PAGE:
7.  Take study notes

Putting information in writing will increase your chances of remembering it.  Discuss any new terms or concepts with your business associates as often as possible.  This will test your understanding and reinforce your learning.  Your studies will be most effective if you study frequently. Your potential for learning tends to decline if you study for any longer than an hour at a time.

8.  Review exam admin's restrictions on books

Each exam administrator (PSI, Prometric, ProV, ICC, etc.) has their own rules which effect the use of reference books in an exam.  Failing to read the Bulletin with regard to book restrictions could result in your having to re-schedule your exam and pay the fees again.

If the exam is OPEN BOOK, and the administrator supplies code books at the exam location, the bulletin will advise you NOT to bring your own copies of reference books.  If the administrator does not supply code books, the books you bring will be searched for notes and other items listed in the exam bulletin.  If they are found, your books will be confiscated.

The recommended study method for an OPEN BOOK exam is to focus on learning how to FIND the answers to questions vs. memorizing answers.  This is the primary method we use in preparing our study materials.  In the case of electrical exams, you will want to learn the calculations for performing by learning which table to use and the steps to follow to arrive at the correct answer.

Most electrical exams are OPEN BOOK because most people need to access the charts and tables in the back of the National Electrical Code (NEC).  This does not mean you will be allowed to bring your own copy of the NEC into the exam area.

If you bring your books or notes to a CLOSED BOOK exam, they will be confiscated.

9.  States that do their own testing

Some states, like Minnesota, Wisconsin and West Virginia, prepare their own exams and schedule them at their own facilities. Unfortunately, many of these states do not provide lists of reference materials on their web sites. When references are provided, they are sometimes non-standardized and difficult to find. Calling the licensing agency for exact books may be required.  Information that may be useful in finding your own books would be:

  1. ISBN number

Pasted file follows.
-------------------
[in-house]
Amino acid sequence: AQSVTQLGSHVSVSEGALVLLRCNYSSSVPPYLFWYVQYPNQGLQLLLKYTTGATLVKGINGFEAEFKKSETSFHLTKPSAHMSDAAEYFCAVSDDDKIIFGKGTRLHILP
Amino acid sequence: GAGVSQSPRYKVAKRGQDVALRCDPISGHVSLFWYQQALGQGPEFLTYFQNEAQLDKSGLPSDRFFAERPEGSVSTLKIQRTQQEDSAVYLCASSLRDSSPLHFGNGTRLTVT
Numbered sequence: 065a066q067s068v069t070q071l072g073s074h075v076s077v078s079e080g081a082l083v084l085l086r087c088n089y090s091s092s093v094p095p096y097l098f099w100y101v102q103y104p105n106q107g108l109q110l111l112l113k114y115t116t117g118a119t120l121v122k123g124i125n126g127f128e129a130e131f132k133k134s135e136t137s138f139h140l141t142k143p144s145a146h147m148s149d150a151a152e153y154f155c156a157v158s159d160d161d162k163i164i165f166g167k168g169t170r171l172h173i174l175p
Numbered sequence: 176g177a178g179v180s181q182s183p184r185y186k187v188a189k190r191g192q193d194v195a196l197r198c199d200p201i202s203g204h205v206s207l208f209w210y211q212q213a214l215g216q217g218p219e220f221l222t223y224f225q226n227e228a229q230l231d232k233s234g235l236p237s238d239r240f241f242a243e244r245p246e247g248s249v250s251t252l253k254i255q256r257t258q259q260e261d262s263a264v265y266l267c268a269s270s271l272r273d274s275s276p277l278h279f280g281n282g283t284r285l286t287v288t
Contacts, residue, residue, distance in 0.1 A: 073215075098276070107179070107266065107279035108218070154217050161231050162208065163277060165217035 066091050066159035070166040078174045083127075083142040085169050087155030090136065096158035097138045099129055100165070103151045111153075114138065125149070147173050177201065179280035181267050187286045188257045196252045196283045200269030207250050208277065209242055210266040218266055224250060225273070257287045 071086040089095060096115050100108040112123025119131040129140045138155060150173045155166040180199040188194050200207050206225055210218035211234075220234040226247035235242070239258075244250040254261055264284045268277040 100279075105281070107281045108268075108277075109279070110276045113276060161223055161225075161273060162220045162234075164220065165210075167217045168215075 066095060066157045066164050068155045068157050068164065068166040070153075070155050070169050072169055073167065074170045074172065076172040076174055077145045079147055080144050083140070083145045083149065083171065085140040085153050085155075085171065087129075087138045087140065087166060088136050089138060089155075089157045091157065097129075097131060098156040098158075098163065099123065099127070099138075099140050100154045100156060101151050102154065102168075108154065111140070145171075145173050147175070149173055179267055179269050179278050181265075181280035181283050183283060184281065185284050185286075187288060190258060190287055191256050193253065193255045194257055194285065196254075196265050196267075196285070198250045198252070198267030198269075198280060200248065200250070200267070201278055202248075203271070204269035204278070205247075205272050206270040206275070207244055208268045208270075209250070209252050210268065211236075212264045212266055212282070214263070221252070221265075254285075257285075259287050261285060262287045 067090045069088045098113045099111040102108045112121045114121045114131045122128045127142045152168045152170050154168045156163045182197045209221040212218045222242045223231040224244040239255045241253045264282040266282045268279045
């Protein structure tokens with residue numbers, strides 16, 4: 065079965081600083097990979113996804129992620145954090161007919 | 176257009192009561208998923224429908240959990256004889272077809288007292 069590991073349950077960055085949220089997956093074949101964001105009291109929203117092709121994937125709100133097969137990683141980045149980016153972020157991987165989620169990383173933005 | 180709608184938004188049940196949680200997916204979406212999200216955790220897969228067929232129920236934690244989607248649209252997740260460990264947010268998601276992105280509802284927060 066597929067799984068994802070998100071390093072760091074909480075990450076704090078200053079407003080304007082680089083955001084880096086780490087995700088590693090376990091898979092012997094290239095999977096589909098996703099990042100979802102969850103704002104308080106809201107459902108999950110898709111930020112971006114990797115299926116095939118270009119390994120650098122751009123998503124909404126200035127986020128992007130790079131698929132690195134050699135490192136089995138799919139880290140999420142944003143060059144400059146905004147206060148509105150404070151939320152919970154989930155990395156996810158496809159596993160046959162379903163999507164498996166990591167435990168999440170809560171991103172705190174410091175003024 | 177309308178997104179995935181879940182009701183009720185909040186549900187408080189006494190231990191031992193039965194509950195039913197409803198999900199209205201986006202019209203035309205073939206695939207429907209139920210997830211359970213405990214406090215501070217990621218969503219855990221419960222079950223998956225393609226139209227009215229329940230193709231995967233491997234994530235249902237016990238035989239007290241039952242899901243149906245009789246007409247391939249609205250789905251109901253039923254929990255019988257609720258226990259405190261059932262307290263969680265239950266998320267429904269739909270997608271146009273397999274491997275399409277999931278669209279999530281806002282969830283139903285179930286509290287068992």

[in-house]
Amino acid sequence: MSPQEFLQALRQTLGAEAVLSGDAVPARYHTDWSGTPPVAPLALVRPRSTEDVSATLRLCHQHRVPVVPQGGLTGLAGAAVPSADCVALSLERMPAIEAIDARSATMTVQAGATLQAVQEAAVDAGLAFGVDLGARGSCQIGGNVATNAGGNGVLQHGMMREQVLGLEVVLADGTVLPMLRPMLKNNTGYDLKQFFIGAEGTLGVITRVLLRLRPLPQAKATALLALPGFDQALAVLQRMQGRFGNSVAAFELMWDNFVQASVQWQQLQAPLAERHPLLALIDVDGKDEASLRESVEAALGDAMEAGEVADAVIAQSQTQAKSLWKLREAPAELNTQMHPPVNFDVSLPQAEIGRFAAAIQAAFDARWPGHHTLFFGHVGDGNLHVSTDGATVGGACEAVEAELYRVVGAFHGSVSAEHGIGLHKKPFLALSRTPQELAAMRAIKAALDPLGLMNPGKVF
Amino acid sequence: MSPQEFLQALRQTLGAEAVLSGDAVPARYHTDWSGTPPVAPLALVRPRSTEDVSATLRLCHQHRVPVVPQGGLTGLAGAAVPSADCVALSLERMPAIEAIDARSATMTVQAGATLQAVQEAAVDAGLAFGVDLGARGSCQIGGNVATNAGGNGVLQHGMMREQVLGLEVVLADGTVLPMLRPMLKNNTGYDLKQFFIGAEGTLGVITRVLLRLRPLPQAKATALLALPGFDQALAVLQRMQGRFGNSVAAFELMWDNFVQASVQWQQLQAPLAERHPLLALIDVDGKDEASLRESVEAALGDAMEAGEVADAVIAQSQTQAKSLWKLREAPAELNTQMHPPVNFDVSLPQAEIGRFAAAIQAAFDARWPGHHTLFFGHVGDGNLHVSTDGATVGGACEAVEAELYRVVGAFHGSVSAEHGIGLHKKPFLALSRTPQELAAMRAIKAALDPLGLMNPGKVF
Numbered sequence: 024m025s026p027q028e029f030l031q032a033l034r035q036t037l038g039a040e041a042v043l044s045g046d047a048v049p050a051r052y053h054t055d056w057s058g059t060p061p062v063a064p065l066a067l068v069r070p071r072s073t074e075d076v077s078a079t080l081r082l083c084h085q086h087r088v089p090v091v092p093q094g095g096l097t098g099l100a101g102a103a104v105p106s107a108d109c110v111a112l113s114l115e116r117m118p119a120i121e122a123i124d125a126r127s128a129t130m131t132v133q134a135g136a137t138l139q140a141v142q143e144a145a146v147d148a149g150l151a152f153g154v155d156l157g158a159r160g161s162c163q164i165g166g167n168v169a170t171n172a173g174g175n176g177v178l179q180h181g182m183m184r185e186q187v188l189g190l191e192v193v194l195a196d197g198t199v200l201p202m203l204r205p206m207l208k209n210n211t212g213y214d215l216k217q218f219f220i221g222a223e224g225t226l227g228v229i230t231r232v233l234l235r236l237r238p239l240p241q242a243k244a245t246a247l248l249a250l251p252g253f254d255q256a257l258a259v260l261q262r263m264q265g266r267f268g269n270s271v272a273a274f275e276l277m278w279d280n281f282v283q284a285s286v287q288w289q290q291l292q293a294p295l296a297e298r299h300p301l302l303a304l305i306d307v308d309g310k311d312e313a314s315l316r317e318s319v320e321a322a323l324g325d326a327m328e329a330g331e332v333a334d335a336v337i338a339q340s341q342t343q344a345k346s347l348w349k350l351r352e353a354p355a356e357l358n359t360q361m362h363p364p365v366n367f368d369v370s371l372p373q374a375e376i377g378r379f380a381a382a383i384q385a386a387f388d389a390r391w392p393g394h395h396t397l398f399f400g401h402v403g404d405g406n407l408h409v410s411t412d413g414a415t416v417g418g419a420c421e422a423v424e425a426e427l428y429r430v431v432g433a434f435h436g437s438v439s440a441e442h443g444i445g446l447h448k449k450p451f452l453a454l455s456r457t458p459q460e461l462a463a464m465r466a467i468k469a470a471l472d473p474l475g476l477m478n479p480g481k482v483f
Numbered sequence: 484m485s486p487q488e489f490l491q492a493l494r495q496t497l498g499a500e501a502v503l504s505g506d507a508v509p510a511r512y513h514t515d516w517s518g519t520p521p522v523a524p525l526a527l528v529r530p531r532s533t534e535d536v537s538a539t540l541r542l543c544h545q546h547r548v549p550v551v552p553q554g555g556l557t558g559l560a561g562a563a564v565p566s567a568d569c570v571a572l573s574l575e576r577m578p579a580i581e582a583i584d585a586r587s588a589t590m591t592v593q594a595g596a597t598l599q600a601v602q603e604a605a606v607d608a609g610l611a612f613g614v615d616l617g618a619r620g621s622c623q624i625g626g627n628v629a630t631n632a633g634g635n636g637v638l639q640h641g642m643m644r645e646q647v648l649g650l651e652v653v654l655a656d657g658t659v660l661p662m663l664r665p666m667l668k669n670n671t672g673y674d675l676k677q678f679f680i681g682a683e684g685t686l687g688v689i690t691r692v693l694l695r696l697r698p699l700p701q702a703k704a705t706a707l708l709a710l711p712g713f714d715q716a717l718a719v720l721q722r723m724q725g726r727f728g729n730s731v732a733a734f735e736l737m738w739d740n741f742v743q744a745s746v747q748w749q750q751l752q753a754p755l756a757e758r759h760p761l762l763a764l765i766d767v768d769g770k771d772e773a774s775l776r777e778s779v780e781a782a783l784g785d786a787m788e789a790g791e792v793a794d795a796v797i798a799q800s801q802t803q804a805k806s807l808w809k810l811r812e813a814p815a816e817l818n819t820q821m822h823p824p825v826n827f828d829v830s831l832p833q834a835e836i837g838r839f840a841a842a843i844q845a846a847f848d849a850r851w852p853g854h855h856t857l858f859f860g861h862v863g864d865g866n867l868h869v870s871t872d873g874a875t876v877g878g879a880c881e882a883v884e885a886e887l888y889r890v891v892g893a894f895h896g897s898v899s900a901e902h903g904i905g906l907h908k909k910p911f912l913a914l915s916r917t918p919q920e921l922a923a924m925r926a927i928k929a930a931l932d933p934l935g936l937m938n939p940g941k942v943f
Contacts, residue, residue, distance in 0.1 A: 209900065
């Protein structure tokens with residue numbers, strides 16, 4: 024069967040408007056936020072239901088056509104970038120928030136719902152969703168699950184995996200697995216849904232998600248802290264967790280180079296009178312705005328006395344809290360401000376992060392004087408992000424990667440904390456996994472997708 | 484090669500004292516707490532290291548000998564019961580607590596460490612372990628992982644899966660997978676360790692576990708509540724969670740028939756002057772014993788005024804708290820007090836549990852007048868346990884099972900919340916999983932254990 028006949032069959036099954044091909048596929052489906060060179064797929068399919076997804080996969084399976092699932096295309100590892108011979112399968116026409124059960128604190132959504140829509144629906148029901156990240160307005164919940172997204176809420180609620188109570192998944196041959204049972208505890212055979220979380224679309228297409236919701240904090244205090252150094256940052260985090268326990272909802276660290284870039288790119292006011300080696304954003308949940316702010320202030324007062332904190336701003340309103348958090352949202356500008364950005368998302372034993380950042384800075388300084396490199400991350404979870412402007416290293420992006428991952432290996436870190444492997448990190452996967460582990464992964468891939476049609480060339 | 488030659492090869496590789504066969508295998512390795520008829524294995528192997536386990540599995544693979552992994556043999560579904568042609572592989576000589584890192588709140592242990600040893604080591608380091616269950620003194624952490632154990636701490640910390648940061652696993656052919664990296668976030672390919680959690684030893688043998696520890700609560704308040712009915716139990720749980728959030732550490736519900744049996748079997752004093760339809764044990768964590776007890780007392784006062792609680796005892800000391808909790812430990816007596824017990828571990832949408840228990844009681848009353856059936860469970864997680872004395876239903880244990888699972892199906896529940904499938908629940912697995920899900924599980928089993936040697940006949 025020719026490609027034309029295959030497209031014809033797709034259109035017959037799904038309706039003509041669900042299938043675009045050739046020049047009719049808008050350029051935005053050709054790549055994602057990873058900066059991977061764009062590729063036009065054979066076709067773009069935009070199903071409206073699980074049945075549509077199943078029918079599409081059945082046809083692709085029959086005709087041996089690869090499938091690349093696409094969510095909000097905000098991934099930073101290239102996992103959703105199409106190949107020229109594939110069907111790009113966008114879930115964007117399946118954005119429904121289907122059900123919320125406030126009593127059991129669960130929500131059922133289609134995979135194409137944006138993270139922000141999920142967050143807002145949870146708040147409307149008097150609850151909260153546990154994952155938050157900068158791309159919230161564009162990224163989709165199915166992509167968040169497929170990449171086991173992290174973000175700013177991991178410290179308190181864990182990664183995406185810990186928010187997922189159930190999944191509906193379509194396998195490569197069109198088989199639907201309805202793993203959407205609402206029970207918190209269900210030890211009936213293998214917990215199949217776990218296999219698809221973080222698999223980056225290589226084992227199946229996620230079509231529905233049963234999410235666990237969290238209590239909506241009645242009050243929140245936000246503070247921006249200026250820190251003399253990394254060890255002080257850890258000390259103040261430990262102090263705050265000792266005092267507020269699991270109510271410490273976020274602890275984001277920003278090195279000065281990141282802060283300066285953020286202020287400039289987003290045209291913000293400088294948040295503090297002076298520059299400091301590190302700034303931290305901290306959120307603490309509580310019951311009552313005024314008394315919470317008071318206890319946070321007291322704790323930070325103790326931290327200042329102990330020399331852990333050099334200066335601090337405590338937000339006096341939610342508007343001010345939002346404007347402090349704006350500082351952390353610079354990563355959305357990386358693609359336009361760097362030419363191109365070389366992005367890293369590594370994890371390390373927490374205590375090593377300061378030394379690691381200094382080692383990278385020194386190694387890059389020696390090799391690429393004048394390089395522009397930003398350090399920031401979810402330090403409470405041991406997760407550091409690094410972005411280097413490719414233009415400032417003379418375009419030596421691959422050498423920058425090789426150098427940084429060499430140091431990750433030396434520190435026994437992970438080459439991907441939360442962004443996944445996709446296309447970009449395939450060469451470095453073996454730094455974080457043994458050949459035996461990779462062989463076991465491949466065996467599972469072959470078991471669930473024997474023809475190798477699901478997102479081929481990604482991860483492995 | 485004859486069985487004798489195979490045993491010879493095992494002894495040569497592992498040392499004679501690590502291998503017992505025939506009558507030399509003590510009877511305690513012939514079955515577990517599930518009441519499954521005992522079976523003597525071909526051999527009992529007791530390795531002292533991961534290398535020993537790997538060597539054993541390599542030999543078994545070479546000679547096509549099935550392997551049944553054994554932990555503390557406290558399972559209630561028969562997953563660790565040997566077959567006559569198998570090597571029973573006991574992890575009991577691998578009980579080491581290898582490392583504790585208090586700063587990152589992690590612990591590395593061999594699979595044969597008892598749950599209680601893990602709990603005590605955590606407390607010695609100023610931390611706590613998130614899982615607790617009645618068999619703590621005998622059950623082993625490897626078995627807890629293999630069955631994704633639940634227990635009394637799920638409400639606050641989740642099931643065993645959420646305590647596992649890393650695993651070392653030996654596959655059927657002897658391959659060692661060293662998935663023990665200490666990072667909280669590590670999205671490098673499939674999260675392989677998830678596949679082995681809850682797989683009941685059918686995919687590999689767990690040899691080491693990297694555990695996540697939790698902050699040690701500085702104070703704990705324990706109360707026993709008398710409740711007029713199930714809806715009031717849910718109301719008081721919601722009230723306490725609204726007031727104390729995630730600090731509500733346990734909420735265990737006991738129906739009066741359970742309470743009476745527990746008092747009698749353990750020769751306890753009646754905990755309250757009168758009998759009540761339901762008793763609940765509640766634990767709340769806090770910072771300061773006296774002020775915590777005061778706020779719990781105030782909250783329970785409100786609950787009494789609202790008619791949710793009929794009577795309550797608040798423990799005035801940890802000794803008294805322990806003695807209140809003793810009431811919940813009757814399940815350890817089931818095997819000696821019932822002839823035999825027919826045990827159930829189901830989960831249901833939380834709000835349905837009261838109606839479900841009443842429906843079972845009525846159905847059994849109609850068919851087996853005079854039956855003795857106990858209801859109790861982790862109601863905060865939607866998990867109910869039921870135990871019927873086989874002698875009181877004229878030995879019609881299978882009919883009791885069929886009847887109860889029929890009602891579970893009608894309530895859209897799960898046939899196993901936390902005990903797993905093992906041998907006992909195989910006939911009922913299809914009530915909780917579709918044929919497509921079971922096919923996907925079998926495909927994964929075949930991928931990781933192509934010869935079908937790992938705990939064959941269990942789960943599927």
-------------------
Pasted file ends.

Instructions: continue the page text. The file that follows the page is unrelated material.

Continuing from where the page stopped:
2. Publisher Name
  3. Author Name
  4. Edition (2nd, 3rd, 4th) or year of printing

10.  Research laws and rules that may appear on your exam

Many states use their own proprietary code that can only be found through legislative web pages and PDF files.  We have done much of that research for you by providing links to those files and code sections located on our license trade pages.

Unfortunately, if the link takes you to a web page, the text is generally not printable unless you cut and paste from your browser (Firefox, Internet Explorer, Goggle Chrome) into a word processor program.  Your other option would be to find a link to an area on the licensing agency's web site where they sell copies of the printed code section(s) that apply to your license.

In the case of landing on a legislative web page, you may find page after page of code that does not apply to your license.  You will have to look at the list of subjects shown on our web page (or in the exam bulletin) and do a search in the code to find the sections that may have been used to write questions for your exam.  Most of the time, we have researched these and given you the specific (numbered) code sections that apply to your license exam.

Unfortunately, statutes are not as easy to acquire.  The best way to find the statute that's used to write your exam questions is to locale the licensing agency's web site and look for links to "Law and Rules" or "Laws Regulating (your trade)".  You may be able to find a link that allows you to download a section of the code in as a PDF file or you or you might be able to obtain the entire code section as one PDF.

In other cases, you may have to order the code sections in printed format from the licensing agency or the Attorney General's office.

Tip: If you live near a college that has a law school, you may be able to hire a student to help you research and explain the codes.  Most legal code is written in a language that only attorneys can understand.  Definitions of words in the legal industry are not the same as in common English, so soliciting the help of a law student may be beneficial.

Follow links to state trade pages